EDITOR'S NOTE—This story was written prior to the PGA Tour's Thursday announcement that it was canceling the remainder of the Players Championship.
PONTE VEDRA BEACH — Let’s make this abundantly clear: The main story of Thursday’s opening round of the Players Championship—the only truly important takeaway of the day—was the coronavirus pandemic and its continued impact on the golf world. Anything that happened on the course at TPC Sawgrass is secondary.
Still, a golf tournament did transpire on Thursday. From 30,000 feet, you might not have even noticed a difference—144 players teed it up, perfect conditions yielding low scores. TPC Sawgrass was pristine TPC Sawgrass. The fairways were manicured, the greens slick, the pins tucked. And, notably, fans lined the fairways, though that won’t be happening again on the PGA Tour anytime soon.
Here are 5 things that stood out from a very peculiar day indeed.
1. Hideki Matsuyama ties the course record
The Japanese star finished up his round at virtually the same time commissioner Jay Monahan was announcing that the PGA Tour would be playing the rest of this tournament and the next three without fans. With that, Matsuyama’s course record-tying 63 went largely unnoticed. But what a round of golf it was: eight birdies, an eagle on his last hole, and a bogey on the par-5 16th after hitting his second shot in the water.
So far this season, Matsuyama has been striking the ball tremendously well—as he always does—ranking second in strokes gained tee to green. The putter has been downfall, the sole reason he hasn’t won since August 2017. On Thursday, the flatstick was surprisingly his friend—he picked up more than four shots on the greens alone, the best of anyone in the field. Given how consistent his ball-striking is, Matsuyama is absolutely a threat to win so long as his putts anywhere near average the next couple days.
2. Rory McIlroy’s title defense gets off to a so-so start
Last week at Bay Hill, McIlroy posted his seventh straight top-five finish on the PGA Tour, becoming the first player since Tiger Woods in 2006 to accomplish the feat. And McIlroy did so despite a third-straight so-so final round. That’s how well he’s played in the early parts of tournaments this season; McIlroy’s 67.50 Round 1 scoring average leads the tour.
It was a different story, however, on Thursday. It wasn’t windy by any stretch in the afternoon, but it was windier than it was in the morning, and McIlroy was already nine shots off the pace when he teed off at 1:51 pm. He was 12 back after making a double bogey on the par-4 14th to fall to three over. But in typical McIlroy fashion, he birdied his final three holes of the day to finish at even par. (As luck would have it, McIlroy was then given a random drug test by the Tour after signing his card.)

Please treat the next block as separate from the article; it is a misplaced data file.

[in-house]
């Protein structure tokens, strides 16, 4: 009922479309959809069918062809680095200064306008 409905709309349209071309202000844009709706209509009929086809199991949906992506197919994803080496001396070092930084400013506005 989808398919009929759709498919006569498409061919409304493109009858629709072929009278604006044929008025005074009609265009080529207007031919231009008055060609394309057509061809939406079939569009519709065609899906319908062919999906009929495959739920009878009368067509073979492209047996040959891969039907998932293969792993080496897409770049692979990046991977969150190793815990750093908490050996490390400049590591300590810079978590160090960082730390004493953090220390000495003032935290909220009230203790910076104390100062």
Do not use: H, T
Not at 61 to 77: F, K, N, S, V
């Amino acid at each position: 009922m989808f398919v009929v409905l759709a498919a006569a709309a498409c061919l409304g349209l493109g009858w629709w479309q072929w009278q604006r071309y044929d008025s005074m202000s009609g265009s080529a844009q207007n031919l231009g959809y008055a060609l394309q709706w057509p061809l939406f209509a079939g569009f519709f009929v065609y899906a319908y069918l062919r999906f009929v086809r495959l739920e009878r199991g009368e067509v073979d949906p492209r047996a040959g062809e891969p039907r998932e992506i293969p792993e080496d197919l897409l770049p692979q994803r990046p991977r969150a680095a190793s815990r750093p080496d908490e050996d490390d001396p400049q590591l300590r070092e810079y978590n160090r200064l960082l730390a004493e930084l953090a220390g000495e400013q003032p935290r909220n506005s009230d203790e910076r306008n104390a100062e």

McIlroy tees off at 8:46 a.m. off the 10th tee tomorrow. Smooth greens and calm conditions likely await. We’ll set the over/under at 66.5.
3. Struggling big names continue to struggle
There was a noticeable lull in “Jordan Spieth is searching for his way back” stories in the lead-up to the Players, which feels like evidence that his slump has been going on long enough that we can’t even call it a slump anymore. Spieth actually struck the ball decently well on Thursday, which is a positive given how poorly he’s been swinging it of late, but he finished second-to-last in putting for the day en route to a three-over 75.
Turns out that was actually pretty good compared to his buddy and playing partner on Thursday, Rickie Fowler, who ended up shooting a four-over 76. The 2015 Players champion has quietly slid to world No. 27 and has major work to do if he’s to play the weekend.
Justin Rose missed just two cuts in 47 starts across in all of 2018 and 2019. He’s missed three of his first five in 2020. In related news, he showed up to Bay Hill with a bag full of TaylorMade clubs, a curious development given he signed a lucrative endorsement deal with Honma at the beginning of 2019. With a mixed set in his bag, Rose posted 75. Phil Mickelson (75), Tony Finau (75), Henrik Stenson (74), Paul Casey (74) and Tommy Fleetwood (78) also shot over par. Fleetwood missed his first cut in 31 starts last week at Bay Hill; barring a minor miracle, he’ll miss his second in a row.
4. Christiaan Bezuidenhout, people
The 25-year-old South African with the tricky name has a helluva story to tell. He enters the week ranked No. 48 in the world on the strength of great play on the European Tour and has overcome a ton. At age 2, he accidentally drank rat poison, which damaged his central nervous system, causing a lasting, noticeable stutter. When he was 14, he was prescribed medication for anxiety. The medication contained beta blockers, which led to a suspension as an amateur.
Fast forward to now and he’s on the verge of securing a Masters berth (assuming the Masters happens) by being ranked inside the top 50 the week before Augusta. He shot seven-under 65 on Thursday, putting himself in great position in the biggest event between now and the Masters. Great stuff.
5. The kids are all right
Among the numerous “Supergroups” clustered together at TPC Sawgrass was The Super Kids—Collin Morikawa, Viktor Hovland and Matthew Wolff, all of whom enjoyed decorated amateur careers, turned pro within a month of each other last June, and already are PGA Tour winners. Wolff spoke on Wednesday about how comfortable he felt with the other two, that he was quite looking forward to it all.
We now see why. Hovland and Morikawa both shot four-under 68s and Wolff managed 69. We’d say there will be a huge crowd following the three charismatic youngsters on Friday, but we know there will be no crowd following them.